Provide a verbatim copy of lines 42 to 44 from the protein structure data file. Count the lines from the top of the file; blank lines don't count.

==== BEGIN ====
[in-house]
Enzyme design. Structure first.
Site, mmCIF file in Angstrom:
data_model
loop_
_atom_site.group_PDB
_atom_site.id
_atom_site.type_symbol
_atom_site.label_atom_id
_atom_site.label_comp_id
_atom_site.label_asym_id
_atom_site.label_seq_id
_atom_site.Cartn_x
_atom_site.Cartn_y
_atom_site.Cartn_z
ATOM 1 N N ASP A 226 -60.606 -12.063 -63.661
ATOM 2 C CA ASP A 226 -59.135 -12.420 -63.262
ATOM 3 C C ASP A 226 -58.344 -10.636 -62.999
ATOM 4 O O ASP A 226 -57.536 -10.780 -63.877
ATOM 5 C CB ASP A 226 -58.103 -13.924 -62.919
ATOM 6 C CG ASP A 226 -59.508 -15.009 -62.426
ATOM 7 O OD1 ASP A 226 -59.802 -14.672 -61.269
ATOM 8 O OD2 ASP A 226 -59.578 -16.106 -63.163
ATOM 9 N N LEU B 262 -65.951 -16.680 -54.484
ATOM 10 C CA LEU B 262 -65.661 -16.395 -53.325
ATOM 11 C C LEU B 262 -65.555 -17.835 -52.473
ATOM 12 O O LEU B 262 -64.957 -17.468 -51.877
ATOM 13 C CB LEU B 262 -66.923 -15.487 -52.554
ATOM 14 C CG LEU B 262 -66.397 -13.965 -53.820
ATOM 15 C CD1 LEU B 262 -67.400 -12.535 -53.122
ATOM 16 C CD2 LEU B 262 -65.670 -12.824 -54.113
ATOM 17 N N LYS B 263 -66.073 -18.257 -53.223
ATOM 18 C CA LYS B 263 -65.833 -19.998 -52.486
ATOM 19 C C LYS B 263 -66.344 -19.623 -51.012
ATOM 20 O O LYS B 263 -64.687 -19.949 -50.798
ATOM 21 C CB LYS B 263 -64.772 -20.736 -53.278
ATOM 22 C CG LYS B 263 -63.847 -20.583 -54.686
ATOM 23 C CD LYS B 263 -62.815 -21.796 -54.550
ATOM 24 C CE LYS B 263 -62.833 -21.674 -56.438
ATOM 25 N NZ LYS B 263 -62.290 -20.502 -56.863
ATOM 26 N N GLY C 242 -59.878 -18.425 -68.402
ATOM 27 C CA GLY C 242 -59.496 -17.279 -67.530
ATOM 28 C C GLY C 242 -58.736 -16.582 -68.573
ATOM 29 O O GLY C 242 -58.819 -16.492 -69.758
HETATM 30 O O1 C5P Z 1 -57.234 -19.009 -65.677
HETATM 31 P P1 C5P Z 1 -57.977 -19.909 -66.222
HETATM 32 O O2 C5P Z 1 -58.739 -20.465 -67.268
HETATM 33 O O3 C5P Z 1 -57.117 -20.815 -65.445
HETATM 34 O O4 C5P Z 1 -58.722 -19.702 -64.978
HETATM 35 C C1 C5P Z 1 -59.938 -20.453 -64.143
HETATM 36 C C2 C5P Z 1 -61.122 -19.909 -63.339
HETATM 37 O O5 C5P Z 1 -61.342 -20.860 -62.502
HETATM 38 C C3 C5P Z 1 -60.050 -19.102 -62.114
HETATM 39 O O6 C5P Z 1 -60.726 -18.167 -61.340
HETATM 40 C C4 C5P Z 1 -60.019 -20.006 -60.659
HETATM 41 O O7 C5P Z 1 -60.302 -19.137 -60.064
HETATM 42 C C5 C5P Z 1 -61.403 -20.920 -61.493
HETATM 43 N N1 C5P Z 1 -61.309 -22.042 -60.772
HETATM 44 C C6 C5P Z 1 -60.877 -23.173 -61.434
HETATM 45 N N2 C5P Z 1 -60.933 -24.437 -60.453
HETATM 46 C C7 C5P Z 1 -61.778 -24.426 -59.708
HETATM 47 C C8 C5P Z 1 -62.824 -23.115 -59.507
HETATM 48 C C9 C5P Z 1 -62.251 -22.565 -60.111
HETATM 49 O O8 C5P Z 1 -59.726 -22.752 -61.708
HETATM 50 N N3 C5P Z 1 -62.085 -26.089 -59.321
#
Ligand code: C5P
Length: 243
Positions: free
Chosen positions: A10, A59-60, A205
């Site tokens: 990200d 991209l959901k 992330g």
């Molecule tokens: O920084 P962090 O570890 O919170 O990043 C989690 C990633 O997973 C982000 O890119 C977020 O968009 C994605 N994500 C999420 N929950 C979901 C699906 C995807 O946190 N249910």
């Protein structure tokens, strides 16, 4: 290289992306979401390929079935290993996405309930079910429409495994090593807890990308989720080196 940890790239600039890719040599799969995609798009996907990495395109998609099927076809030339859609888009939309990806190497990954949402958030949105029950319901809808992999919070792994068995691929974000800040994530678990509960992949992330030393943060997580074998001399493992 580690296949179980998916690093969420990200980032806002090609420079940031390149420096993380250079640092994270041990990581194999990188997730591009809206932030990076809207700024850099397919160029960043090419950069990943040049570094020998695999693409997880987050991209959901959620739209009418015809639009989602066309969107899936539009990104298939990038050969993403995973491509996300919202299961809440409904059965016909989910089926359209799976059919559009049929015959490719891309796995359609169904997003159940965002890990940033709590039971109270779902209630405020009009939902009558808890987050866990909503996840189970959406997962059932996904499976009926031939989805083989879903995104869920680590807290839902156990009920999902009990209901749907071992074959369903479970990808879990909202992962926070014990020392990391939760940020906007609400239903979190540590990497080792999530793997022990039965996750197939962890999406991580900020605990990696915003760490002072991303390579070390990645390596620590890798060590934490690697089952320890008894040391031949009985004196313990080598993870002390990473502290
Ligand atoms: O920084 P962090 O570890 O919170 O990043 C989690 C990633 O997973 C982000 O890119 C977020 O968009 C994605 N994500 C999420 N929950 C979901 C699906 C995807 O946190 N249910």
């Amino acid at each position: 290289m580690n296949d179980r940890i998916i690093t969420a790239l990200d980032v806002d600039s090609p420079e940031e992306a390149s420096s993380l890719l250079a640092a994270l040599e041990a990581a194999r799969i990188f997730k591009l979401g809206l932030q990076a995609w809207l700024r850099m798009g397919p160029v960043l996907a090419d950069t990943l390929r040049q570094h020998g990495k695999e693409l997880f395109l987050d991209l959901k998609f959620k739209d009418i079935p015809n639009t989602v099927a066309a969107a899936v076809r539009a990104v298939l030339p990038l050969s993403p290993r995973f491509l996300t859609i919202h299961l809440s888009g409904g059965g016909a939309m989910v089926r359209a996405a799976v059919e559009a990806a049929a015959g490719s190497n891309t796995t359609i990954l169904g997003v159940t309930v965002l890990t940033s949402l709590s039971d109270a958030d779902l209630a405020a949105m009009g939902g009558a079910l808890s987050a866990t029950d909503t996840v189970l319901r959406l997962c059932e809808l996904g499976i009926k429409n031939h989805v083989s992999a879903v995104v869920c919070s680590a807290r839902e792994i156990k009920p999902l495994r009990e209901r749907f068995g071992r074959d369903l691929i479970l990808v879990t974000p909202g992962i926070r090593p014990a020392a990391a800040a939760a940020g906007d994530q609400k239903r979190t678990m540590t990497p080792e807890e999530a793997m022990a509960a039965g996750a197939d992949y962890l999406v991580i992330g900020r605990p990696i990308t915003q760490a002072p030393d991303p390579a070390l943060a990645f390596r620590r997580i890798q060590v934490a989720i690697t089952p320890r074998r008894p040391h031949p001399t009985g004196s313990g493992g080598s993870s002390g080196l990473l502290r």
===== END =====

ATOM 27 C CA GLY C 242 -59.496 -17.279 -67.530
ATOM 28 C C GLY C 242 -58.736 -16.582 -68.573
ATOM 29 O O GLY C 242 -58.819 -16.492 -69.758